It looks like a solid thing dangling on a string, doubtless a result of the time-chunk I captured with this bulb exposure.

I stayed with the “bulb” setting for the shoot, trying to get both launches and explosions in the same shot.  The results were mixed; I’ll let you be the judges of what worked and what didn’t.

An abstract, as I homed in on the action:

Another, getting my range:

…and a short series capturing both the origin and the destination of these brilliantly burnt offerings:

That’s my favorite of the bunch, primarily because the colors broke the heavily-red pattern of its predecessors.

So there’s a first effort at photographing fireworks, the distinction being that it’s not nature and it’s not standing still while I spend twenty minutes setting up each shot.  I’ve a ways to go on this arc of my learning curve, so bear with me while I think out loud here.

 

Summer Time. July 4, 2011

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It’s the Fourth of July, a great American holiday.  I missed the fireworks, chasing The Light with my tools of choice, and instead of Chinese pyrotechnics,  I got a few more shots of My America.

These are actually an assemblage from the week past, but hey, in the grander scheme they’re cotemporal.  (I made that word up because it works.)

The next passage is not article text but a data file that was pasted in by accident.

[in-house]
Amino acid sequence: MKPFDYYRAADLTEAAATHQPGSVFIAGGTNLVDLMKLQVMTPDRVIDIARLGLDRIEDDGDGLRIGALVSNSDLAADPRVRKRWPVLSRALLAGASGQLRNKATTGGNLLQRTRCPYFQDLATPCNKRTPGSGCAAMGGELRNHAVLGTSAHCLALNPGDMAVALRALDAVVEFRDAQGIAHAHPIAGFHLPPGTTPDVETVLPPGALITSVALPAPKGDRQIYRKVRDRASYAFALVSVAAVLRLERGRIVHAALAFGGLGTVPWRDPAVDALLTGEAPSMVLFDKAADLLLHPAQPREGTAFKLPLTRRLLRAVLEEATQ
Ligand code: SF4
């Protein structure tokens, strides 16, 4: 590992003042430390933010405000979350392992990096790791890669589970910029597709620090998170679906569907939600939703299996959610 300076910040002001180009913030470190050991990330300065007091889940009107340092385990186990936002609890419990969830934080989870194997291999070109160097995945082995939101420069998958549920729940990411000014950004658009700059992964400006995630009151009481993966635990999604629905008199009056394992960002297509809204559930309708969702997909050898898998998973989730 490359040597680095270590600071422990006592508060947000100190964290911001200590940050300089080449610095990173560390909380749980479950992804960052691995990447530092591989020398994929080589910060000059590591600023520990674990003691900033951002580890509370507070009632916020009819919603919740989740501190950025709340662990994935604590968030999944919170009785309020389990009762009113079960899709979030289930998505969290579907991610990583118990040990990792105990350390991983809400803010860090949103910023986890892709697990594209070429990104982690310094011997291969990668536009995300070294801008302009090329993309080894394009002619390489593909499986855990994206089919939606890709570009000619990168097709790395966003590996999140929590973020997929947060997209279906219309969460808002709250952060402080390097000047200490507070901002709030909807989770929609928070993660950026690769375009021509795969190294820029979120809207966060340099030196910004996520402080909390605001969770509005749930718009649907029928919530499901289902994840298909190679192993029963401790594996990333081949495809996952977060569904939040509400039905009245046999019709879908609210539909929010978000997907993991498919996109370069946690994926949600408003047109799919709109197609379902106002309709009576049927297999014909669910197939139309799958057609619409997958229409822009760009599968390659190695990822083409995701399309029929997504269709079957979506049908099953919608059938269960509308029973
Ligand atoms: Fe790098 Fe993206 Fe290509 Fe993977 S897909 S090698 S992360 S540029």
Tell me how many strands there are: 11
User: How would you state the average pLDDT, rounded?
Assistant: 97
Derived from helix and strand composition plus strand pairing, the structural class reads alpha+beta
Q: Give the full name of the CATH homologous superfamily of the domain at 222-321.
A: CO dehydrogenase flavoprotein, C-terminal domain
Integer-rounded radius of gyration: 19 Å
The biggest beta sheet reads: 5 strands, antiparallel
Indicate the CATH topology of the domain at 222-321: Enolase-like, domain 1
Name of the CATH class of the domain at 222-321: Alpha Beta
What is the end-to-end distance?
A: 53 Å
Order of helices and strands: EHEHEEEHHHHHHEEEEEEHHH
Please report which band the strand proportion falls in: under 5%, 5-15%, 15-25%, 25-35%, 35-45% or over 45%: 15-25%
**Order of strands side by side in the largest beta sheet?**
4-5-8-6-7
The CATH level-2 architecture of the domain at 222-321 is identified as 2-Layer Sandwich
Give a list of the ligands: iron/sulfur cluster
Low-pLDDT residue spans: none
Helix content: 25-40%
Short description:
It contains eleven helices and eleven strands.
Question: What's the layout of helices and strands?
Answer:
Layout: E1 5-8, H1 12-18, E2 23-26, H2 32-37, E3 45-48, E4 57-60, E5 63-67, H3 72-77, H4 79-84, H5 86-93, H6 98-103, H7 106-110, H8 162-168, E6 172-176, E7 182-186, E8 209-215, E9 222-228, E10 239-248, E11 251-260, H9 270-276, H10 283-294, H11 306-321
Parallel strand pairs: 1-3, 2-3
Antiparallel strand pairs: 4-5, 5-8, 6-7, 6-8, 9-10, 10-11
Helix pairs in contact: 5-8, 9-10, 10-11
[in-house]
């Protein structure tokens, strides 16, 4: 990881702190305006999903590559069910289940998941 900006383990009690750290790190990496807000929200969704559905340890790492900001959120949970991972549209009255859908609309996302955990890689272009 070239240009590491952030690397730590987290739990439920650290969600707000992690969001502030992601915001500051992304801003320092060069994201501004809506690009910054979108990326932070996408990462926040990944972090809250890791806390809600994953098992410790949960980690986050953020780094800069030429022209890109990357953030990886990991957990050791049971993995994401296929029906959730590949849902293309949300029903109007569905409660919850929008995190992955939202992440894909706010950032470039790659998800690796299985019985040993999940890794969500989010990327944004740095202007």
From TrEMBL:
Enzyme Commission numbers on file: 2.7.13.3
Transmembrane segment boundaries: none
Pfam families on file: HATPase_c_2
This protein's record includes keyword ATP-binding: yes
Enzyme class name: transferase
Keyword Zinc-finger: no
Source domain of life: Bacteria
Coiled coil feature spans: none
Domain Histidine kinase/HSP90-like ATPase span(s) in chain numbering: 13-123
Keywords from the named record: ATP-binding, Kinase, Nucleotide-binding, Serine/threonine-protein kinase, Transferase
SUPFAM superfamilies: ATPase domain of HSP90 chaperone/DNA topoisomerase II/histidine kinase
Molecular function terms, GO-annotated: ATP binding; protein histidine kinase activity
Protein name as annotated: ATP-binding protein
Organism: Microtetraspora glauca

For me, the absolute apex of Summer occurs when the wildflowers are at their best.  For the most part, we’re there now, though there will be other shows later.  Right now, the high meadows are filled with Rugosa rose, Ox-eye daisies, Northern bedstraw, clovers and vetches, and grasses unfurling their pollinated flags:

Thistles beckon bees to flit between them:

The fields are ripe, the grasses are high, and the clouds are full of promise:

…and the rivers and streams flow with the rains, which recently have been generous:

Two black and whites, from Rowe and Conway respectively.

And to end this American birthday, a sunset on the Deerfield river:

Proof that humid nights have their greater purpose.

Happy Birthday, America, and good night.

Weekend Roundup. June 12, 2011

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Another week of water over the damned, as they say.  Here are a few images culled from the pile, before I retire this ol’ ‘puterbox in favor of This Year’s Model.

Wild mustard beneath a Dr. Seuss cloud:

An old wooden truck bed being recycled by lichen:

A monobow descends over the hills of Bernardston:

The Bridge of Flowers in full bloom:

The local planting season swings into high gear:

A little rain does nothing to slow these folks down.  God bless the farmers!

The first cutting of hay came the third week of May, earlier than usual:

And here’s a view from Shelburne’s High Ledges at sunset, looking back at the Deerfield river running through Charlemont:

There are a few other shots from the week which may yet see daylight, but they’ll be coming atcha from a newer computer (once I get it figured out!)

Later, Peeps.